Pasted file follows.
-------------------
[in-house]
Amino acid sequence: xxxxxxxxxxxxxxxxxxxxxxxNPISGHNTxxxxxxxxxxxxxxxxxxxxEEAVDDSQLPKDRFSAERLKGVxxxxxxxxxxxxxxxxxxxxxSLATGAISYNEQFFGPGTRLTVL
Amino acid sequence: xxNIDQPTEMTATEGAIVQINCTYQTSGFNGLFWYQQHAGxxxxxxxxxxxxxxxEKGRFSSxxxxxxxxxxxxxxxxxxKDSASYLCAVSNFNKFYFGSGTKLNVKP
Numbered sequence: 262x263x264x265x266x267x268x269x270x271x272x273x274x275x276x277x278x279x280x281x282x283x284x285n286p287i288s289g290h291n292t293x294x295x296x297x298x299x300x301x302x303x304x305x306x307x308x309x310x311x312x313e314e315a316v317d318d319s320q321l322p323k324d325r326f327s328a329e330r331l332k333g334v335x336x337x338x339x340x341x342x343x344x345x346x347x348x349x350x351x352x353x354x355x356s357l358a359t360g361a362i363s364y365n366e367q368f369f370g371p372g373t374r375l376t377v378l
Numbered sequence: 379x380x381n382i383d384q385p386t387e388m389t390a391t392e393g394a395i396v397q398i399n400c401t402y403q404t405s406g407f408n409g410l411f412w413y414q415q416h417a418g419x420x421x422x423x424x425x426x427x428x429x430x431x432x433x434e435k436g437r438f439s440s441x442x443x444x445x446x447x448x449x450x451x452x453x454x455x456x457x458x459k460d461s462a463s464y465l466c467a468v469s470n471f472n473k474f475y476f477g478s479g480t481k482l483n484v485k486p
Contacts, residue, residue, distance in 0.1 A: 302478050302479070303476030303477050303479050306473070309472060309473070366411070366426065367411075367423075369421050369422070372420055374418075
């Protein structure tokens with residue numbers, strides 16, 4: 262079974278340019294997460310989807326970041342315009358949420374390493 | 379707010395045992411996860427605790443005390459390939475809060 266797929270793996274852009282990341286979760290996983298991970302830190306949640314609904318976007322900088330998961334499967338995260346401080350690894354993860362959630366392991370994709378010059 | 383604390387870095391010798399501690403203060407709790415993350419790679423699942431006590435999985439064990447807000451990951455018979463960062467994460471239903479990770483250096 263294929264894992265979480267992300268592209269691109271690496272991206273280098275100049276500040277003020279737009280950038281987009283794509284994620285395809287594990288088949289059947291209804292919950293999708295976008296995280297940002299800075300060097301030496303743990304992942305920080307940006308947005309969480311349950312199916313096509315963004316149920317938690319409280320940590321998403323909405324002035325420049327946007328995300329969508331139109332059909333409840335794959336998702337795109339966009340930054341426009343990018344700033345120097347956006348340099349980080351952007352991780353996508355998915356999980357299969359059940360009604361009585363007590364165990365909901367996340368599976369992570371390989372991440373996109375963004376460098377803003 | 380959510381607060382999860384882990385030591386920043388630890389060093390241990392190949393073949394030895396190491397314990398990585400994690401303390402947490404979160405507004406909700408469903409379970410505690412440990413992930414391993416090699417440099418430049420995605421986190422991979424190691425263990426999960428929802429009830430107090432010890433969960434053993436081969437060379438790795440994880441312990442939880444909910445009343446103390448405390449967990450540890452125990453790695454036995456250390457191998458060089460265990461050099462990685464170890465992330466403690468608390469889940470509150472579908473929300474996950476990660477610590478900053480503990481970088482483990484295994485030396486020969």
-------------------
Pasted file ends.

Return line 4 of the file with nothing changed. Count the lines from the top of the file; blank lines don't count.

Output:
Numbered sequence: 262x263x264x265x266x267x268x269x270x271x272x273x274x275x276x277x278x279x280x281x282x283x284x285n286p287i288s289g290h291n292t293x294x295x296x297x298x299x300x301x302x303x304x305x306x307x308x309x310x311x312x313e314e315a316v317d318d319s320q321l322p323k324d325r326f327s328a329e330r331l332k333g334v335x336x337x338x339x340x341x342x343x344x345x346x347x348x349x350x351x352x353x354x355x356s357l358a359t360g361a362i363s364y365n366e367q368f369f370g371p372g373t374r375l376t377v378l